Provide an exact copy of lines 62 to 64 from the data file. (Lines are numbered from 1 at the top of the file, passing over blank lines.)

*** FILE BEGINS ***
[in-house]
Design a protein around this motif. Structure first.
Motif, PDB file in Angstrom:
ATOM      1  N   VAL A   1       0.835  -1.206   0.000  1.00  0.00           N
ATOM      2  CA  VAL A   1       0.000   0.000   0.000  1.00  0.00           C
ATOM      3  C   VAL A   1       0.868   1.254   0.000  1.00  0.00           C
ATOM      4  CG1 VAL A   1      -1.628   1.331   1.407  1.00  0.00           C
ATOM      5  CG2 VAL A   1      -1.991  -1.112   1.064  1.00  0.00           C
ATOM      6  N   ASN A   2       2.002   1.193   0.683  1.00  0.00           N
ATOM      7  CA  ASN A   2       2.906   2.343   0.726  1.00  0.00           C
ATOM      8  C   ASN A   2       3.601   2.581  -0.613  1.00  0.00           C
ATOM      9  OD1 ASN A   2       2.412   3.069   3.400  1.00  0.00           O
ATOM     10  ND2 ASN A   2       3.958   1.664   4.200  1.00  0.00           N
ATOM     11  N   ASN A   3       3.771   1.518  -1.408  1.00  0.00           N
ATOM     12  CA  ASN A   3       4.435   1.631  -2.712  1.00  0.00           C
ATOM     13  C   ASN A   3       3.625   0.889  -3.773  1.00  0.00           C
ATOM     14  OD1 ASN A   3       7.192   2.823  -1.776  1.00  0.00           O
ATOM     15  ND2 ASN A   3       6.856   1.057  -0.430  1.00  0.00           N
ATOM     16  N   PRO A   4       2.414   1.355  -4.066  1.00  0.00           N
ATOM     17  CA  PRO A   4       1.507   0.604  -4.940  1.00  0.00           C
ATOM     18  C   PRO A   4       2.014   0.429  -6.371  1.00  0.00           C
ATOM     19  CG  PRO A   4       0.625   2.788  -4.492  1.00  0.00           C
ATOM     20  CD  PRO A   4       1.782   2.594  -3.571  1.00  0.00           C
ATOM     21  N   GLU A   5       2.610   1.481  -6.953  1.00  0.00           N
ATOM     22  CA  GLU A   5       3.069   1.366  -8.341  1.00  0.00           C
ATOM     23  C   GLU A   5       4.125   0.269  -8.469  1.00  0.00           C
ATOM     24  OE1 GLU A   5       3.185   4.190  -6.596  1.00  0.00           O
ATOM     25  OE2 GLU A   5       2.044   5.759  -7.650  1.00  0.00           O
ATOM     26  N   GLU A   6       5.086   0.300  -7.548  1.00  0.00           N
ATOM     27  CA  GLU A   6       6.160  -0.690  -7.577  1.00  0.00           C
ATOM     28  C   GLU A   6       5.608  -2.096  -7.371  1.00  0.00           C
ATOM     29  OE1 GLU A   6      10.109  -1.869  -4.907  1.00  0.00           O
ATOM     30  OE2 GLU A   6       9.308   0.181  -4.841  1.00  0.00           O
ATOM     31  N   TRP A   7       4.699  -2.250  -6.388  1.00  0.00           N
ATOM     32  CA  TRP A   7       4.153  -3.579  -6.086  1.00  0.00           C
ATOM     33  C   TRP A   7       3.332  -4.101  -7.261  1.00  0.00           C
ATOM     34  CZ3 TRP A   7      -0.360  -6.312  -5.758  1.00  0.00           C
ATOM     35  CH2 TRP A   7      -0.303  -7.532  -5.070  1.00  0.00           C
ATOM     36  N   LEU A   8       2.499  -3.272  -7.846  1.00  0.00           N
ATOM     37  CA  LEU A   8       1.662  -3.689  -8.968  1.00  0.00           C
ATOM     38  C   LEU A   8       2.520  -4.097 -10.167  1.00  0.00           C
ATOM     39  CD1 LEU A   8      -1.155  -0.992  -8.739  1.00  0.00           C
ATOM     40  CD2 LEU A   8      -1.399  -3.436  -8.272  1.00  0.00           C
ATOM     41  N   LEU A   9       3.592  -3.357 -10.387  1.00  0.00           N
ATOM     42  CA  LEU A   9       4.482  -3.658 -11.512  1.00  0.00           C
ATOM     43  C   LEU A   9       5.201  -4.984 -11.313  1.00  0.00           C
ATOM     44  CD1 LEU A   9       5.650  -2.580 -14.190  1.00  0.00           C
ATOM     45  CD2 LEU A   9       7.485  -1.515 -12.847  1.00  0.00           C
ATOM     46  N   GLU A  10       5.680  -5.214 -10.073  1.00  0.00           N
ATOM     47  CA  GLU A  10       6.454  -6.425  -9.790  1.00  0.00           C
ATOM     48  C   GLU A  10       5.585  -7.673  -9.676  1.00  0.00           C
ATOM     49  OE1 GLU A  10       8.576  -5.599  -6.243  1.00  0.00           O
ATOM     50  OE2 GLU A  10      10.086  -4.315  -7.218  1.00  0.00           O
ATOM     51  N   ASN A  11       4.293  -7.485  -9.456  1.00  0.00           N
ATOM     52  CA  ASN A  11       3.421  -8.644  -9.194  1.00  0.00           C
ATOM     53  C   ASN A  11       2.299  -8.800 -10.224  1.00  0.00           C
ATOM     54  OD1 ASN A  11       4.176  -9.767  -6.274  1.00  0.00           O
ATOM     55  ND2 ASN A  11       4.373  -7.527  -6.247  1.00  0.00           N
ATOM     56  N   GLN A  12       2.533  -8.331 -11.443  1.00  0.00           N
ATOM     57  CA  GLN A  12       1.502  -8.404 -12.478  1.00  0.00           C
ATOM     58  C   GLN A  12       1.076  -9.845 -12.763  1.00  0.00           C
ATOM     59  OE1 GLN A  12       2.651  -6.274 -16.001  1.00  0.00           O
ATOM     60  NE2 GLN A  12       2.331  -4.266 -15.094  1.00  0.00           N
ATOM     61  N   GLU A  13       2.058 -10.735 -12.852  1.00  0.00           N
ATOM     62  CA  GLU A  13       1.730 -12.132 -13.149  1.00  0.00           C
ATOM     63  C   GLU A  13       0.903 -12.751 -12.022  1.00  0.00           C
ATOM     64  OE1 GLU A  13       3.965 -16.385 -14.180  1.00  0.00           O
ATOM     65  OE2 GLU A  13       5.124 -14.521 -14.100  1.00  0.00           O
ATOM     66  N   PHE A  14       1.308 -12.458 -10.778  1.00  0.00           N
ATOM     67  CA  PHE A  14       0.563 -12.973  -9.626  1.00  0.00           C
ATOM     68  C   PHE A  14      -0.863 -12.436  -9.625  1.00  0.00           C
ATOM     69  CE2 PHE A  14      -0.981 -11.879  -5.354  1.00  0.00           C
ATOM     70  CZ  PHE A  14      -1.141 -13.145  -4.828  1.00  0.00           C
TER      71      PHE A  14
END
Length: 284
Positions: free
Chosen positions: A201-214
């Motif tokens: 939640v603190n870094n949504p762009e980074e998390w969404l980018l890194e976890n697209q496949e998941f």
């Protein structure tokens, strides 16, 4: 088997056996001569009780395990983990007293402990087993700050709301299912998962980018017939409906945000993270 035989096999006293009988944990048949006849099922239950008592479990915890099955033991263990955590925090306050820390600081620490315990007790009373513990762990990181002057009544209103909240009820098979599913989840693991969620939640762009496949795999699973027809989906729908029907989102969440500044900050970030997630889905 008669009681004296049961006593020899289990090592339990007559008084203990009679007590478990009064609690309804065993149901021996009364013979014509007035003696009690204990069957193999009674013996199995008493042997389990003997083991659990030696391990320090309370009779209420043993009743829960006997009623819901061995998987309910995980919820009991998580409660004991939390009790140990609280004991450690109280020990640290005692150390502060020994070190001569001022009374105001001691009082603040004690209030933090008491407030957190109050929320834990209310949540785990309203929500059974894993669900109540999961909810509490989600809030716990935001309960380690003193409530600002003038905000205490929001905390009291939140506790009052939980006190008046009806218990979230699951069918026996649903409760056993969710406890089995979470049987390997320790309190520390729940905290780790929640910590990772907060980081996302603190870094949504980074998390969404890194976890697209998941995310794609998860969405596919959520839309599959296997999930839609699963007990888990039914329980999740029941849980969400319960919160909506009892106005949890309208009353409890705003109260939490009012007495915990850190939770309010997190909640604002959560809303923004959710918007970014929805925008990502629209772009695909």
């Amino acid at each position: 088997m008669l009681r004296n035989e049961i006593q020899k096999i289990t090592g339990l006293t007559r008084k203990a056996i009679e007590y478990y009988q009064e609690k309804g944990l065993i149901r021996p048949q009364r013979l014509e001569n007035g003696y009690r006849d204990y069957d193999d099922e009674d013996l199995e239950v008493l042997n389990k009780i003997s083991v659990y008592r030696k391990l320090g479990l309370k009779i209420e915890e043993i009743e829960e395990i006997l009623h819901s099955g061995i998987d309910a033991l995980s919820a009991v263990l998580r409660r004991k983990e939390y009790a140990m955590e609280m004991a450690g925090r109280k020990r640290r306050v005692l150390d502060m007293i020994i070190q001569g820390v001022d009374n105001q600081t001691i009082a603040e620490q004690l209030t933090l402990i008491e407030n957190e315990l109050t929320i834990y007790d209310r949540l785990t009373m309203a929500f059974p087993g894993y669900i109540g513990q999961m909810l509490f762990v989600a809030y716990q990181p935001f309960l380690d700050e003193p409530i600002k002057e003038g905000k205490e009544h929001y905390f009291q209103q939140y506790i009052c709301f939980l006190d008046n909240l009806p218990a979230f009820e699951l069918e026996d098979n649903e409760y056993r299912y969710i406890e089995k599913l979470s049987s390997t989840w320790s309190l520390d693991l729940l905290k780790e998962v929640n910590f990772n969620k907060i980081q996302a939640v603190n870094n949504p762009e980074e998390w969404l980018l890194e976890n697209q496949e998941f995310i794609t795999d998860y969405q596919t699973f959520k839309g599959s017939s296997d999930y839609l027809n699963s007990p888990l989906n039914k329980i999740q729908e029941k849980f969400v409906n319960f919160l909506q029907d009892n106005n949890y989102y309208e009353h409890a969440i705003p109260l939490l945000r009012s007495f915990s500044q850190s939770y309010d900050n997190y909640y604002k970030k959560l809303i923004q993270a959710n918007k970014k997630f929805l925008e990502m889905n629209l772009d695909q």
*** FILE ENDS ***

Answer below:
ATOM     59  OE1 GLN A  12       2.651  -6.274 -16.001  1.00  0.00           O
ATOM     60  NE2 GLN A  12       2.331  -4.266 -15.094  1.00  0.00           N
ATOM     61  N   GLU A  13       2.058 -10.735 -12.852  1.00  0.00           N